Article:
Phanariot by Victor Gingiu
Does Nostalgia confine the evolution of the City?
D o i n a R u ș t i
Behind every sadness there’s an inner call to arms. You refuse to return to the same old space; what you need is rebuilding the one inside your mind. When a person's heart lets in the love for a building that used to be, when the reverence for a street never before seen or even the obsession with a perfume only ever found in books overwhelms them, then that person is granted the invaluable power of spreading the feeling. And we’re not talking here about the dreams of paranoiacs or fanatics, but about the power held by tradition and by the pride rooted in having commendable ancestors. I read somewhere that there’s a bridge in Bucharest named Cilibiului, but not even for a second did I believe that this name came from Constantin Cantacuzino (stolnic), as various historians had claimed. Why would have anyone called the stolnic “pretty” or “dandy”? And in Turkish no less! Instead, I remembered that in 1666 Evliya Çelebi was visiting Bucharest, not long after she had recorded the experiment of the rocket-man, whose name was also Çelebi. Moreover, also in 1666, a princely wedding took place, and various shows were held around the area of the bridge. The events featured actors and acrobats and everything is thoroughly described in the Băleni Chronicle. And that is what prompts the reverie, that inebriant fantasy that scatters any trace of regret. What good does nostalgia do you if not making sadness blossom? The showmen had filled the banks of Dambovita, and among them were the imitators of the rocket-man, plus that nobleman (cilibiu), immortalized in the chronicles, a Hindu who could run on a rolled-up turban and pass unseen through the intertwined arms of people, leaving the townsfolk of Bucharest gawking. The stolnic was then 25 years old, had just arrived from Adrianople and was getting ready to travel to Padua the following year, in order to finish his studies. Was he a beau nobleman, a cilibiu? Of course he was.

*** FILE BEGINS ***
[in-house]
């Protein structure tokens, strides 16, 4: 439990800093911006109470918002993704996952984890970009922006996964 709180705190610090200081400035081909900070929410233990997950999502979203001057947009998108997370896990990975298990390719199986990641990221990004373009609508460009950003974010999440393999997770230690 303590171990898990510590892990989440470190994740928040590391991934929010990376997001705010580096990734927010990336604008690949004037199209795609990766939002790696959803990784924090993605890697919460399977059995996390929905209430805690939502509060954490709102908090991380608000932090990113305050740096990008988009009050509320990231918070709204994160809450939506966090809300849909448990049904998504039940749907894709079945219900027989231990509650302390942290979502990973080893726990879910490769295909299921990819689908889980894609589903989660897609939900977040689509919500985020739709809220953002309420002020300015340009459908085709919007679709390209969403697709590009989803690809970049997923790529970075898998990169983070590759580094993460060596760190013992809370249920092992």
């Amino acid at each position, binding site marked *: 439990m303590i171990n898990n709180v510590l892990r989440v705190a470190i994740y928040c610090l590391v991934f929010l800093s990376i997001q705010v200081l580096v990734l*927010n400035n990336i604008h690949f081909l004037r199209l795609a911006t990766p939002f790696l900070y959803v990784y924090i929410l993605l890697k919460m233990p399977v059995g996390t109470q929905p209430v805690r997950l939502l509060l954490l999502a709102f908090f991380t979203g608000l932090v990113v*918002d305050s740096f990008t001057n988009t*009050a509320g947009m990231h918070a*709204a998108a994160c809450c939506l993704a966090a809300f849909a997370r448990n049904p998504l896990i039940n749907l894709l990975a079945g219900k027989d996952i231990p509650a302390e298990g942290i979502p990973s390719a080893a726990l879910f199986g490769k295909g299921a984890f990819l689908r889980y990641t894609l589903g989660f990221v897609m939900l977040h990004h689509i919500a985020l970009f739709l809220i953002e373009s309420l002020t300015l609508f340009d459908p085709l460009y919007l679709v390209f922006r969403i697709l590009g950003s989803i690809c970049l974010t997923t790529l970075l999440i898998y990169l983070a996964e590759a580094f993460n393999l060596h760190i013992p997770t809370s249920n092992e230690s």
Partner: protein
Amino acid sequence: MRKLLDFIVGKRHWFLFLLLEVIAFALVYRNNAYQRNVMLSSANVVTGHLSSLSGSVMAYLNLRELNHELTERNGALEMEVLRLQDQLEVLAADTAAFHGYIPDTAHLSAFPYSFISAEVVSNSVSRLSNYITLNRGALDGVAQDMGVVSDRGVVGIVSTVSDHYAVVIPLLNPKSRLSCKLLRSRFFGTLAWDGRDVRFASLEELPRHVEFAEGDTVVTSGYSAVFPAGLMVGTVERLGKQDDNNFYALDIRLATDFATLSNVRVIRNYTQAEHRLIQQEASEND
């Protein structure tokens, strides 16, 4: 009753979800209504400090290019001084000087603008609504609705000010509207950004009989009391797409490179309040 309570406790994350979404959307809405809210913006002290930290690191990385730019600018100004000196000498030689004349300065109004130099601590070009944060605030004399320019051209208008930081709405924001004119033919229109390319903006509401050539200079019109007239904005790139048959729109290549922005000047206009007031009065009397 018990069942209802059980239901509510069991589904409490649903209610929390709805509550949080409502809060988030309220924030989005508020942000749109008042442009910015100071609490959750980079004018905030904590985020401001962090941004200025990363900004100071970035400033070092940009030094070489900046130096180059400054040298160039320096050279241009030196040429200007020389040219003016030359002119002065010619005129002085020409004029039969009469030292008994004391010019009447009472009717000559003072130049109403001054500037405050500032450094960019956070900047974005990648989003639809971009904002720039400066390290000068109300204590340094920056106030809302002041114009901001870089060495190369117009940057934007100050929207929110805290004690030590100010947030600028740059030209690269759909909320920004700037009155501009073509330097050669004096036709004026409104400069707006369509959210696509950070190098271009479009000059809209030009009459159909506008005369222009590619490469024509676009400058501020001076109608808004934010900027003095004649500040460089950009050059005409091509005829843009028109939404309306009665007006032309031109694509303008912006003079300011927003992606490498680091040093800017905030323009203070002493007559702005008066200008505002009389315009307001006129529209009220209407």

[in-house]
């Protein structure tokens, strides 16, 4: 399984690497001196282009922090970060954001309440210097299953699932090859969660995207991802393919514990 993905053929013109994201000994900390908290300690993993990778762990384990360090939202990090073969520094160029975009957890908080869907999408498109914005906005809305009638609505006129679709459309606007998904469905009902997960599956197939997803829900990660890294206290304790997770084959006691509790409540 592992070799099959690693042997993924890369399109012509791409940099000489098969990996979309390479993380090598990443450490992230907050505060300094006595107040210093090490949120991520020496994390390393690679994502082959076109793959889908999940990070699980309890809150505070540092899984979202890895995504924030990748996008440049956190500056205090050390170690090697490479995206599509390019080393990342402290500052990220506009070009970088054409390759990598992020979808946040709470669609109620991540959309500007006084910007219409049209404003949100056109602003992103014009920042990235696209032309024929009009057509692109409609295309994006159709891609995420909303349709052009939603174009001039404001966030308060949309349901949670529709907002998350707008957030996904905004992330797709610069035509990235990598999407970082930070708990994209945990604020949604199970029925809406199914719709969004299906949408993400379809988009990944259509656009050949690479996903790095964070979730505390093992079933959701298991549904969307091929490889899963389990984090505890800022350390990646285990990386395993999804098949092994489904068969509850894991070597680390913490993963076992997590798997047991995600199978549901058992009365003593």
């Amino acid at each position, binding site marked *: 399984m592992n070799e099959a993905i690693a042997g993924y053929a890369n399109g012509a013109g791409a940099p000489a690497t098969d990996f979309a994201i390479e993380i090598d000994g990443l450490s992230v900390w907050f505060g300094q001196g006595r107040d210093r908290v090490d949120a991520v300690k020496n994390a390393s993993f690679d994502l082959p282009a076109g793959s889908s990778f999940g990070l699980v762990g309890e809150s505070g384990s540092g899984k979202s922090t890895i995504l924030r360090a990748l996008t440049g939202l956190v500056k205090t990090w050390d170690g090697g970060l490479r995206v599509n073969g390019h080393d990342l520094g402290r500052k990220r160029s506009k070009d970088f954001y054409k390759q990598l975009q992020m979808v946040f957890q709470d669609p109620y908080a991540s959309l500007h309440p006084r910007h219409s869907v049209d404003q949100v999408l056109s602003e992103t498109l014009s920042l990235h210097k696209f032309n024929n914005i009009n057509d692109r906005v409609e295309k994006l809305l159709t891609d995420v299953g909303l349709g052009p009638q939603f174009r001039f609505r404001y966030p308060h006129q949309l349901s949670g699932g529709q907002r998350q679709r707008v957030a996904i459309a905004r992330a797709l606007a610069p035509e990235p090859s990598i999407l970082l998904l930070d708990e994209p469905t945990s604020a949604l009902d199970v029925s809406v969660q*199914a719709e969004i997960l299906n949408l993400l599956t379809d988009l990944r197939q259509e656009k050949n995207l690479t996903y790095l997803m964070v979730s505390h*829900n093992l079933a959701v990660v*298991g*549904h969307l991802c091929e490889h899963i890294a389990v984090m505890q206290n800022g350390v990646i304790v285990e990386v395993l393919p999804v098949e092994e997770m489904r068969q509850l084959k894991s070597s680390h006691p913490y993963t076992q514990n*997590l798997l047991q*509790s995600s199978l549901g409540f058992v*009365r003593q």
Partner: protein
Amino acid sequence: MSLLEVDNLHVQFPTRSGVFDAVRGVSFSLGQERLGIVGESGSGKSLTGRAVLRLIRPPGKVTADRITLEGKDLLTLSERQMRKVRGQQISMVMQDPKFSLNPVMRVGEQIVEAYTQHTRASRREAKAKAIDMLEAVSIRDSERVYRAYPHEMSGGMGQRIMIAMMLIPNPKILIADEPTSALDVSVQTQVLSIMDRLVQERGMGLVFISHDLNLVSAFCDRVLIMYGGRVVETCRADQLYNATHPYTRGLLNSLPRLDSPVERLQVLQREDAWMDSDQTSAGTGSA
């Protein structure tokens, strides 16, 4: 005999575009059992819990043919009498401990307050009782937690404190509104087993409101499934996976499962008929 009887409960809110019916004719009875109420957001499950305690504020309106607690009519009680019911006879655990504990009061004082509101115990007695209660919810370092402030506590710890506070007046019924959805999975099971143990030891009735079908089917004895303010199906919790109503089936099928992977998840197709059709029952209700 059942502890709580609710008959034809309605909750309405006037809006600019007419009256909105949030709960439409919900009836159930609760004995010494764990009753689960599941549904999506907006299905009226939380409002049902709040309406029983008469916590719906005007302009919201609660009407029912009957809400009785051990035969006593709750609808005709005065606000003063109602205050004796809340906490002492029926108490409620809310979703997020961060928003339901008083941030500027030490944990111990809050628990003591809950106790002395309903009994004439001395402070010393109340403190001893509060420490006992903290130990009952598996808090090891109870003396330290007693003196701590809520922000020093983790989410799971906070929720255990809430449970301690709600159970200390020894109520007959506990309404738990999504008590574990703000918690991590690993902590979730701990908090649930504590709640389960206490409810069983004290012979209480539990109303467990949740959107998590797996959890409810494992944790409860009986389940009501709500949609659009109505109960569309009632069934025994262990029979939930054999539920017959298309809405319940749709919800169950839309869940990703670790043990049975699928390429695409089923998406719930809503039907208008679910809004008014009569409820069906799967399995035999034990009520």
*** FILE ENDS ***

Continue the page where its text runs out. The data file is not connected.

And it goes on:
Doina Ruști, among the most important contemporary Romanian writers, is unanimously appreciated for epic force, for originality and erudition of her novels. Award winning and translated into many languages, she wrote ten novels, including: Fantoma din moară (The Phantom in the Mill, 2008), Manuscrisul fanariot (The Phanariot Manuscript, 2015), Lizoanca (2009), Zogru (2006), and Mâța Vinerii (The Book of Perilous Dishes, 2017).
Doina Ruști lives in Bucharest, and is a university professor and screenwriter. Website: http://doinarusti.ro